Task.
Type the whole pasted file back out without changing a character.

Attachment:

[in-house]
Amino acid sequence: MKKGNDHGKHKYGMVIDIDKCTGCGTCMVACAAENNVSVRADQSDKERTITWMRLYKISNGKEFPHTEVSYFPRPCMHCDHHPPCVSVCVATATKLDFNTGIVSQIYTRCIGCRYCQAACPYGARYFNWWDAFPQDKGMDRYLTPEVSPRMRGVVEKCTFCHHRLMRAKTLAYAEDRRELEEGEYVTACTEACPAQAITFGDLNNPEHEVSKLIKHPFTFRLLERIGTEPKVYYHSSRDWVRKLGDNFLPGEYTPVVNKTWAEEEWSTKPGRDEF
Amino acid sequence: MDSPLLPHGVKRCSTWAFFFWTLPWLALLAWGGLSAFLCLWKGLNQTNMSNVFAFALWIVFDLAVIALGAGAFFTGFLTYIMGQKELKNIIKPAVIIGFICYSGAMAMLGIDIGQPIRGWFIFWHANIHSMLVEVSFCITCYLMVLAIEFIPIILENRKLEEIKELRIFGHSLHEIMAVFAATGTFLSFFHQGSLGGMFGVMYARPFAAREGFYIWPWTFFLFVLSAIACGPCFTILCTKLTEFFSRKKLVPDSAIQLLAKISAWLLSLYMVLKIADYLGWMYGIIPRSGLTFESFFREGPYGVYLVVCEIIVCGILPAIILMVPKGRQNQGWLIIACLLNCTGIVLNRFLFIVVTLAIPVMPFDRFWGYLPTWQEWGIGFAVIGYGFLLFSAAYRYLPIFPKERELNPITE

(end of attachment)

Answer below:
[in-house]
Amino acid sequence: MKKGNDHGKHKYGMVIDIDKCTGCGTCMVACAAENNVSVRADQSDKERTITWMRLYKISNGKEFPHTEVSYFPRPCMHCDHHPPCVSVCVATATKLDFNTGIVSQIYTRCIGCRYCQAACPYGARYFNWWDAFPQDKGMDRYLTPEVSPRMRGVVEKCTFCHHRLMRAKTLAYAEDRRELEEGEYVTACTEACPAQAITFGDLNNPEHEVSKLIKHPFTFRLLERIGTEPKVYYHSSRDWVRKLGDNFLPGEYTPVVNKTWAEEEWSTKPGRDEF
Amino acid sequence: MDSPLLPHGVKRCSTWAFFFWTLPWLALLAWGGLSAFLCLWKGLNQTNMSNVFAFALWIVFDLAVIALGAGAFFTGFLTYIMGQKELKNIIKPAVIIGFICYSGAMAMLGIDIGQPIRGWFIFWHANIHSMLVEVSFCITCYLMVLAIEFIPIILENRKLEEIKELRIFGHSLHEIMAVFAATGTFLSFFHQGSLGGMFGVMYARPFAAREGFYIWPWTFFLFVLSAIACGPCFTILCTKLTEFFSRKKLVPDSAIQLLAKISAWLLSLYMVLKIADYLGWMYGIIPRSGLTFESFFREGPYGVYLVVCEIIVCGILPAIILMVPKGRQNQGWLIIACLLNCTGIVLNRFLFIVVTLAIPVMPFDRFWGYLPTWQEWGIGFAVIGYGFLLFSAAYRYLPIFPKERELNPITE